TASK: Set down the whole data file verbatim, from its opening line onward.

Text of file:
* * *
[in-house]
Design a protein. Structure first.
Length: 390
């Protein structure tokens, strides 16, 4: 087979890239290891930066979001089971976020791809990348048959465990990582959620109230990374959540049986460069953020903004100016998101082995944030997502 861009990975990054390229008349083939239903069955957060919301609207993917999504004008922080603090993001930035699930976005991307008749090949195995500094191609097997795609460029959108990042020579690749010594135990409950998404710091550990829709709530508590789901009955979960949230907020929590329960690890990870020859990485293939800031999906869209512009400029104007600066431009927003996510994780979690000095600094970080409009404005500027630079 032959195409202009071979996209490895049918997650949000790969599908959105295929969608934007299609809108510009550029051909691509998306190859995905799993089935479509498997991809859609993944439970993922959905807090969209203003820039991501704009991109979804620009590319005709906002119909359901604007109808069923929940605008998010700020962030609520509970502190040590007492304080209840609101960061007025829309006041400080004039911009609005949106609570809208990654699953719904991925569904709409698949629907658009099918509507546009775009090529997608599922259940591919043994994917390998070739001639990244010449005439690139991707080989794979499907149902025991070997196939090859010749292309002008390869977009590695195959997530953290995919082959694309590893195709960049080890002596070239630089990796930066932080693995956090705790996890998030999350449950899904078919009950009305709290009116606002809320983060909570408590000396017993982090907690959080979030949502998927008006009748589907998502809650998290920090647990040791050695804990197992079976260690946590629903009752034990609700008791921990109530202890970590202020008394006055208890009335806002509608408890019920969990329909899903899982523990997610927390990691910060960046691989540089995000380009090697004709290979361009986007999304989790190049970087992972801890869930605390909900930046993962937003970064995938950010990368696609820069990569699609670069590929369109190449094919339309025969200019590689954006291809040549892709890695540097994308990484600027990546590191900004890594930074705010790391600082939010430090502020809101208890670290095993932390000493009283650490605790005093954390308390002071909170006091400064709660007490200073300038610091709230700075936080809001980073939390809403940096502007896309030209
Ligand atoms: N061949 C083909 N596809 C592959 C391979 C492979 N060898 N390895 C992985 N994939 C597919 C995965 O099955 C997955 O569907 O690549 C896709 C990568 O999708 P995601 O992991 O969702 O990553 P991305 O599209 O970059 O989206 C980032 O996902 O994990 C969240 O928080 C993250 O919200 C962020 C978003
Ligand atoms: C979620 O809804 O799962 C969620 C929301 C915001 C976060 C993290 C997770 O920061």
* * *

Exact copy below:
[in-house]
Design a protein. Structure first.
Length: 390
């Protein structure tokens, strides 16, 4: 087979890239290891930066979001089971976020791809990348048959465990990582959620109230990374959540049986460069953020903004100016998101082995944030997502 861009990975990054390229008349083939239903069955957060919301609207993917999504004008922080603090993001930035699930976005991307008749090949195995500094191609097997795609460029959108990042020579690749010594135990409950998404710091550990829709709530508590789901009955979960949230907020929590329960690890990870020859990485293939800031999906869209512009400029104007600066431009927003996510994780979690000095600094970080409009404005500027630079 032959195409202009071979996209490895049918997650949000790969599908959105295929969608934007299609809108510009550029051909691509998306190859995905799993089935479509498997991809859609993944439970993922959905807090969209203003820039991501704009991109979804620009590319005709906002119909359901604007109808069923929940605008998010700020962030609520509970502190040590007492304080209840609101960061007025829309006041400080004039911009609005949106609570809208990654699953719904991925569904709409698949629907658009099918509507546009775009090529997608599922259940591919043994994917390998070739001639990244010449005439690139991707080989794979499907149902025991070997196939090859010749292309002008390869977009590695195959997530953290995919082959694309590893195709960049080890002596070239630089990796930066932080693995956090705790996890998030999350449950899904078919009950009305709290009116606002809320983060909570408590000396017993982090907690959080979030949502998927008006009748589907998502809650998290920090647990040791050695804990197992079976260690946590629903009752034990609700008791921990109530202890970590202020008394006055208890009335806002509608408890019920969990329909899903899982523990997610927390990691910060960046691989540089995000380009090697004709290979361009986007999304989790190049970087992972801890869930605390909900930046993962937003970064995938950010990368696609820069990569699609670069590929369109190449094919339309025969200019590689954006291809040549892709890695540097994308990484600027990546590191900004890594930074705010790391600082939010430090502020809101208890670290095993932390000493009283650490605790005093954390308390002071909170006091400064709660007490200073300038610091709230700075936080809001980073939390809403940096502007896309030209
Ligand atoms: N061949 C083909 N596809 C592959 C391979 C492979 N060898 N390895 C992985 N994939 C597919 C995965 O099955 C997955 O569907 O690549 C896709 C990568 O999708 P995601 O992991 O969702 O990553 P991305 O599209 O970059 O989206 C980032 O996902 O994990 C969240 O928080 C993250 O919200 C962020 C978003
Ligand atoms: C979620 O809804 O799962 C969620 C929301 C915001 C976060 C993290 C997770 O920061």